# load data disease_democ <- read_csv("disease_democ.csv") # make static chart disease_democ_chart <- ggplot(disease_democ, aes(x = infect_rate, y = democ_score, text = paste0("<b>Country: </b>", country,"<br>", "<b>Infectious disease prevalence: </b>", infect_rate,"<br>", "<b>Democratization: </b>", democ_score), group = 1)) + xlab("Infectious disease prevalence score") + ylab("Democratization score") + theme_minimal(base_size = 14, base_family = "Georgia") + geom_point() + geom_smooth(method = lm, se = FALSE) # make interactive version disease_democ_interactive <- ggplotly(disease_democ_chart, tooltip = "text") %>% config(displayModeBar = FALSE) print(disease_democ_interactive)
This should be the result:
The following code creates a version of this chart with a qualitative ColorBrewer palette for the points, to color them by the World Bank income group.
# make static chart disease_democ_chart <- ggplot(disease_democ, aes(x=infect_rate, y=democ_score, text=paste0(country,"<br>", "Disease: ",infect_rate,"<br>", "Democratization: ",democ_score), group = 1)) + xlab("Infectious disease prevalence score") + ylab("Democratization score") + theme_minimal(base_size = 14) + geom_smooth(method = lm, se = FALSE, color = "black", linetype = "dotdash", size = 0.3) + geom_point(aes(color=income_group), size = 3, alpha = 0.5) + scale_x_continuous(limits=c(0,60)) + scale_y_continuous(limits=c(0,100)) + scale_color_brewer(palette = "Set1", name="Income group", breaks=c("High income: OECD","High income: non-OECD","Upper middle income","Lower middle income","Low income")) # make interactive version disease_democ_interactive <- ggplotly(disease_democ_chart, tooltip="text") %>% config(displayModeBar = FALSE) # plot the chart print(disease_democ_interactive)
Here’s the static version:
And here’s the interactive:
Notice that the
scale_color_brewer code that ordered the items in the legend in the static ggplot chart was not inherited by the interactive plotly version.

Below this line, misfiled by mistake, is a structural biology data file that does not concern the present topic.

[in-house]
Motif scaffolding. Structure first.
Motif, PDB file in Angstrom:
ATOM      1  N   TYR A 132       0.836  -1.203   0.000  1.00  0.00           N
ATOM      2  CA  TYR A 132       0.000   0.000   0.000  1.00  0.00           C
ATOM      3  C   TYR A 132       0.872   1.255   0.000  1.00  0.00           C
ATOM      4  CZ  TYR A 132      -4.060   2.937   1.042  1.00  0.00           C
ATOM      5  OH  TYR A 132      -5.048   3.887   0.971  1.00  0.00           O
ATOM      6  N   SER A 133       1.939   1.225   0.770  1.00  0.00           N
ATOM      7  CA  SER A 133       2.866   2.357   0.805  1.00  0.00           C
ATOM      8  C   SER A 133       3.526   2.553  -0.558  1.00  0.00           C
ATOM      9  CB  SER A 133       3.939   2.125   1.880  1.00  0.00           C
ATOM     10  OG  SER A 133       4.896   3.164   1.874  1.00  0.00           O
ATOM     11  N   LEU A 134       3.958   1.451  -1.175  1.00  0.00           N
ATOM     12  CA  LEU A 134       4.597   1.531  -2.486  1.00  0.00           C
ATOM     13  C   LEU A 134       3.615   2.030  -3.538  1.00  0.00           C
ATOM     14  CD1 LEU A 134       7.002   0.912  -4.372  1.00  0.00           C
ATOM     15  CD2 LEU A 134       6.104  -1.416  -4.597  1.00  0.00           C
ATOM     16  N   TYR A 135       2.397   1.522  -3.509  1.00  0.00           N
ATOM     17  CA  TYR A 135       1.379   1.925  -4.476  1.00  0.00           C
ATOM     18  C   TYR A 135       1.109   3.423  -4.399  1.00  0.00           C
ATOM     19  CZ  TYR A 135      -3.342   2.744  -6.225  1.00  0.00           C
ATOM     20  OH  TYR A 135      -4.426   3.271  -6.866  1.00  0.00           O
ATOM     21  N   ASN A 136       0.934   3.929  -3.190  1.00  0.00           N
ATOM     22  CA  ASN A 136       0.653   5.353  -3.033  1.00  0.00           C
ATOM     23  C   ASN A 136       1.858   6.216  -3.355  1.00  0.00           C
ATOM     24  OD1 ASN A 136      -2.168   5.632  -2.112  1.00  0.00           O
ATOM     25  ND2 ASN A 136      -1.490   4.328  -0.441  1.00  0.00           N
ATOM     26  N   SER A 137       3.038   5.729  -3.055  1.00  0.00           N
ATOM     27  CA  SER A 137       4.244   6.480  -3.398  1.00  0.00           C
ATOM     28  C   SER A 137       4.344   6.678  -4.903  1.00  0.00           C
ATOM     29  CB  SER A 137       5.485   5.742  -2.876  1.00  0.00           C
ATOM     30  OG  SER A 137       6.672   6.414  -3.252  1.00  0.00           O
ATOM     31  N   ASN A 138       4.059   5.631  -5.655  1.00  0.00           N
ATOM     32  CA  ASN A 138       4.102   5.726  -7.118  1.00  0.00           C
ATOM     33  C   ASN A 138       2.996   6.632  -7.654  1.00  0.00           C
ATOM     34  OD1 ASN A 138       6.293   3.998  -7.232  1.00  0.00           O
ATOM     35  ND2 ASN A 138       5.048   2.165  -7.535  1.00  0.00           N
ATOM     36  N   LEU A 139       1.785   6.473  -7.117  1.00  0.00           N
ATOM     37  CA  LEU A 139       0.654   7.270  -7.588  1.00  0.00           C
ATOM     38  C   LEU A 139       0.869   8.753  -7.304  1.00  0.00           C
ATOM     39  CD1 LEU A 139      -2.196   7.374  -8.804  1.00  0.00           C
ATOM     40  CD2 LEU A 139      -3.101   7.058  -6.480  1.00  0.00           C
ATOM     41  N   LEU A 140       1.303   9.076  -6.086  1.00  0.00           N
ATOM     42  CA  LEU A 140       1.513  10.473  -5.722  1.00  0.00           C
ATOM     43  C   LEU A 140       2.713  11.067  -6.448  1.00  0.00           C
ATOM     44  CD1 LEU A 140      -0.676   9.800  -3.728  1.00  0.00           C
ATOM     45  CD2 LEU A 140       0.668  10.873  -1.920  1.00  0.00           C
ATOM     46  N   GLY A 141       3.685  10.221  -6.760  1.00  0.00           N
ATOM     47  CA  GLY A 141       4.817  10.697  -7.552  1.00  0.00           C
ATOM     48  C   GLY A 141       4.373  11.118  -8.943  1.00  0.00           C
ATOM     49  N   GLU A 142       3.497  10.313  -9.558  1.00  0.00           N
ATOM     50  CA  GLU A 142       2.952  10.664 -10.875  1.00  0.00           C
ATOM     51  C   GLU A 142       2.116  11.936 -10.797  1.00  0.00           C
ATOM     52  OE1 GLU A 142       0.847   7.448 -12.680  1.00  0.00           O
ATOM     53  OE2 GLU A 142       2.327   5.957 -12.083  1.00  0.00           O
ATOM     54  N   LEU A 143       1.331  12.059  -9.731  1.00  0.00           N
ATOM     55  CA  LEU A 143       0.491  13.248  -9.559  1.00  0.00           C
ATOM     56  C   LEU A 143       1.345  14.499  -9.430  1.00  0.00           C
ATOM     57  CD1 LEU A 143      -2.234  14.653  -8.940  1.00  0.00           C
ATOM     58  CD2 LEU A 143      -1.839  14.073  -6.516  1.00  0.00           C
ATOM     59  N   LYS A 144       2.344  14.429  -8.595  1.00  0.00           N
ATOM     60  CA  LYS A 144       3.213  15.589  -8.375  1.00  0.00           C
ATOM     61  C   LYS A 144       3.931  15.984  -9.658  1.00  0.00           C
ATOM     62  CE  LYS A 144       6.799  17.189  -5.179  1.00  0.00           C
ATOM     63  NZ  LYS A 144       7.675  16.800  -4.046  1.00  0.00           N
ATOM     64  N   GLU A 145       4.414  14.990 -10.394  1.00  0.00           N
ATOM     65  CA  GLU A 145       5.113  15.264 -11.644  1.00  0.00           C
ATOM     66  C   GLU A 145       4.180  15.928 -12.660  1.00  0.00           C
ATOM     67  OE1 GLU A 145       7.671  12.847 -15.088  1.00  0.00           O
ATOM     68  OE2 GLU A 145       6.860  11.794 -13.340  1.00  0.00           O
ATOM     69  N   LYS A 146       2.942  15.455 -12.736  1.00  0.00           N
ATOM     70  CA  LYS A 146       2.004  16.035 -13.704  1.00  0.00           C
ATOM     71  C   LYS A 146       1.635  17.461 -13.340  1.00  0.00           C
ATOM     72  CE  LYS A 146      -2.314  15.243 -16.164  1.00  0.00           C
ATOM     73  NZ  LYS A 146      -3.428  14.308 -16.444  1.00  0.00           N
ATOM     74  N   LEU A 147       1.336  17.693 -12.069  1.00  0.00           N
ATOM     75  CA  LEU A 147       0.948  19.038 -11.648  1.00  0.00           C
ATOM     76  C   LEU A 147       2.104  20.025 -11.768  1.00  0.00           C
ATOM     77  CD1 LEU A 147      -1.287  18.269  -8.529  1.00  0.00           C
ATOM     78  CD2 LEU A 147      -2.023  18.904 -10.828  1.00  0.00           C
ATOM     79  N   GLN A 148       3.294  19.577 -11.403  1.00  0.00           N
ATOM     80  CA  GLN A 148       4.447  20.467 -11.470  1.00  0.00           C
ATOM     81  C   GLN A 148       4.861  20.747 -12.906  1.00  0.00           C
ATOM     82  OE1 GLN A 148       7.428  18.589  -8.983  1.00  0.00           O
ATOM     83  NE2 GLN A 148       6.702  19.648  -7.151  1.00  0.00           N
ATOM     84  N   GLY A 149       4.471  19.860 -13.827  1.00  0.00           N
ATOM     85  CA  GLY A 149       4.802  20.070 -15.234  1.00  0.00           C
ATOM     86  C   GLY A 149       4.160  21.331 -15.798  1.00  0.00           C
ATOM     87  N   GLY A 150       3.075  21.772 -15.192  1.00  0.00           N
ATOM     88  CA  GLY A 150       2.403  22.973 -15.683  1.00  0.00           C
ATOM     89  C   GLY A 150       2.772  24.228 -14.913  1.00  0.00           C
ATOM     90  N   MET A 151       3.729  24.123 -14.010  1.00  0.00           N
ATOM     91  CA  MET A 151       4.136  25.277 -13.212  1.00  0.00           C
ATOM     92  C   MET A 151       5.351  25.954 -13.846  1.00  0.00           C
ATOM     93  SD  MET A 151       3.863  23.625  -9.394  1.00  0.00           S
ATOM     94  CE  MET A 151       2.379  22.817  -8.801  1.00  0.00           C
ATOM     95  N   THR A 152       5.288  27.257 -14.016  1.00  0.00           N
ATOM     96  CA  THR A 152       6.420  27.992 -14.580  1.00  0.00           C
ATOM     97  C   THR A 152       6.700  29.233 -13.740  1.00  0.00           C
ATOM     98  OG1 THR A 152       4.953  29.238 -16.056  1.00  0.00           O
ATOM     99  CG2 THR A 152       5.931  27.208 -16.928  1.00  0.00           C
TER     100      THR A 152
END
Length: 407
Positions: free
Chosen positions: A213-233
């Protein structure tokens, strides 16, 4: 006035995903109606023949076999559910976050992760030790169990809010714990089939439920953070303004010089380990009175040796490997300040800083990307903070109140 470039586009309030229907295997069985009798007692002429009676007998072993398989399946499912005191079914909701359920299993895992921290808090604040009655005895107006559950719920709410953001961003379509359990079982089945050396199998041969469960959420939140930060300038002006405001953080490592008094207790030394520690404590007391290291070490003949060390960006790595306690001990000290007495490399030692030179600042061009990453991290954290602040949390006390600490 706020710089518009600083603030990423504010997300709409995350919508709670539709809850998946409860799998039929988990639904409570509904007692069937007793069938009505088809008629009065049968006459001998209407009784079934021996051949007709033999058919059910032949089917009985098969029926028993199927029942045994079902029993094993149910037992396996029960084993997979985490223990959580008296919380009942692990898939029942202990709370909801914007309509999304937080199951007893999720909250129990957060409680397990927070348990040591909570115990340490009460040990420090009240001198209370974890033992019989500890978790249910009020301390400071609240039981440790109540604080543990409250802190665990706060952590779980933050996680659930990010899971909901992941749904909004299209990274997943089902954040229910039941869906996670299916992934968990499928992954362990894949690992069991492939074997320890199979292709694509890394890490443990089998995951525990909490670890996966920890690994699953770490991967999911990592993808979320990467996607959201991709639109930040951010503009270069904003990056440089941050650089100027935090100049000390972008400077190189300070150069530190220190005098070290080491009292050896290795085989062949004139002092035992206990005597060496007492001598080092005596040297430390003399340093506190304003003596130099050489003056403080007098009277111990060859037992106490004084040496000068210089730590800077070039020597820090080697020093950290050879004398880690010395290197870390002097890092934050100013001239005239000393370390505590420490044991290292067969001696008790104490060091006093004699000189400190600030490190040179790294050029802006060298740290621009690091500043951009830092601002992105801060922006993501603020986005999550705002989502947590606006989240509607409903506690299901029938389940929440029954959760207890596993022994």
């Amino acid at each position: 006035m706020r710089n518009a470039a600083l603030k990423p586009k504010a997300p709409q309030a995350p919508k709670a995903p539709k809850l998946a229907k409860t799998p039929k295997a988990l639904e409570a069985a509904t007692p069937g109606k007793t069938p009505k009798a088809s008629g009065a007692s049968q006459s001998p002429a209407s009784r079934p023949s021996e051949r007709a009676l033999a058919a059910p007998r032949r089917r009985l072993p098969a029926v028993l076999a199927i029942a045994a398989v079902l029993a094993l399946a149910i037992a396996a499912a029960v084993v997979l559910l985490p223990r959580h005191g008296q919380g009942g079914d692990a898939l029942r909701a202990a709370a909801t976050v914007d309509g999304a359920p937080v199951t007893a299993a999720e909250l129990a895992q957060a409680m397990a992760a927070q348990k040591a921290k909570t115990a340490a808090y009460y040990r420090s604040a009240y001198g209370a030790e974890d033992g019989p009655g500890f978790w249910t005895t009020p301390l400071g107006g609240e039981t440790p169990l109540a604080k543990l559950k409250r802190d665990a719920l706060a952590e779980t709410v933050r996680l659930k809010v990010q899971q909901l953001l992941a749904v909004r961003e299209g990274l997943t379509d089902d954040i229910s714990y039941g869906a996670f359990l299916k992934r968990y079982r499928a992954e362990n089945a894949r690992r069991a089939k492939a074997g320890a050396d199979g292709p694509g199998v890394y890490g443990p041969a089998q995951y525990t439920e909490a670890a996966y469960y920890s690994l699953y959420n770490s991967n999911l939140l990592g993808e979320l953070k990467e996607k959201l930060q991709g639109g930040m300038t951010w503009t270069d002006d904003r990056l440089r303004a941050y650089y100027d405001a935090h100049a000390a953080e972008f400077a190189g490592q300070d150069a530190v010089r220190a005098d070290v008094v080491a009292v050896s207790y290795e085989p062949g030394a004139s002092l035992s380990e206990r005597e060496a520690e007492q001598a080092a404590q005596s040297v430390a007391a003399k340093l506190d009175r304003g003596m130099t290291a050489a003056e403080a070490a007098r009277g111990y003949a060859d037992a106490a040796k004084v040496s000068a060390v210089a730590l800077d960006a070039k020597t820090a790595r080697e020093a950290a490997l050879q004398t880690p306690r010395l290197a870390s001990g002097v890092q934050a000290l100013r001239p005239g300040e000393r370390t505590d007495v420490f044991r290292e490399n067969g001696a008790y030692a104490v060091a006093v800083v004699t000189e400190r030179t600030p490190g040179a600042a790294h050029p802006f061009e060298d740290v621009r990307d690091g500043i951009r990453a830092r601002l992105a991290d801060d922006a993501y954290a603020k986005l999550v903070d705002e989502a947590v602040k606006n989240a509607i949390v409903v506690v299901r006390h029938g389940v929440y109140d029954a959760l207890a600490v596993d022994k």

But we can fix that by first running this code:
disease_democ <- disease_democ %>% mutate(income_group = factor(income_group, levels = c("High income: non-OECD", "High income: OECD", "Upper middle income", "Lower middle income", "Low income"))) %>% arrange(income_group)
income_group into a categorical variable, or
factor, and then sorts the data frame in order of its categories, or levels.
Running the chart code as before will now fix the order of the items in the legend in the interactive chart.
Here’s another example of making an interactive version, with a tooltip, of a static chart we made in week 8.
# load data immun <- read_csv("kindergarten.csv") # calculate percentage incomplete, by county, by year immun_counties_year <- immun %>% group_by(county, start_year) %>% summarize(enrolled = sum(enrollment, na.rm = TRUE), completed = sum(complete, na.rm = TRUE)) %>% mutate(pc_incomplete = round((enrolled-completed)/enrolled*100,2)) # static heat map, all counties, by year immun_counties_year_chart <- ggplot(immun_counties_year, aes(x = start_year, y = county, text = paste0("<b>Year: </b>", start_year,"<br>", "<b>County: </b>", county,"<br>", "<b>% incomplete: </b>", pc_incomplete,"<br>"), group = 1)) + geom_tile(aes(fill = pc_incomplete), color = "white") + scale_fill_gradient(low = "white", high = "red", name="% incomplete") + scale_x_continuous(breaks = c(2002,2004,2006,2008,2010,2012,2014)) + theme_minimal(base_size = 12, base_family = "Georgia") + xlab("") + ylab("") + theme(panel.grid.major = element_blank(), panel.grid.minor = element_blank(), legend.position="bottom", legend.key.height = unit(0.4, "cm")) + ggtitle("Immunization in California kindergartens, by county") plot(immun_counties_year_chart) # interactive version immun_counties_year_chart_interactive <- ggplotly(immun_counties_year_chart, tooltip = "text") %>% config(displayModeBar = FALSE) print(immun_counties_year_chart_interactive)
This should be the result:
In class, as time allows, we’ll use plotly to create interactive versions of these ggplot2 charts from week 8 and its assignment:
# install and load leaflet and rdgal install.packages("leaflet") install.packages("rgdal") library(leaflet) library(rgdal)
We are going to recreate a version of the map we made in week 11 using MapBox Studio.
First let’s see how to make a basic Leaflet map, centered on Berkeley:
# make leaflet map centered on Berkeley leaflet() %>% setView(lng = -122.2705383, lat = 37.8698807, zoom = 11) %>% addTiles()
This map should appear in the
leaflet function creates a leaflet map.
setView function sets the starting position of the map, centering it on the defined coordinates and with the defined zoom level;
addTiles adds OpenStreetMap tiles to the map, which would otherwise be blank. Notice that the map is interactive, and can be panned and zoomed just like a Google Map.
We aren’t limited to using OpenStreetMap tiles:
# make leaflet map centered on Berkeley with Carto tiles leaflet() %>% setView(lng = -122.2705383, lat = 37.8698807, zoom = 11) %>% addProviderTiles("CartoDB.Positron")
The map should now look like this:
Now load the data we need to make the earthquakes map, starting with the
seismic shapefile, using the
readOGR function from rgdal.
# load seismic risk shapefile seismic <- readOGR("seismic", "seismic")
The two mentions of
seismic refer to the folder and the shapefile within it, respectively.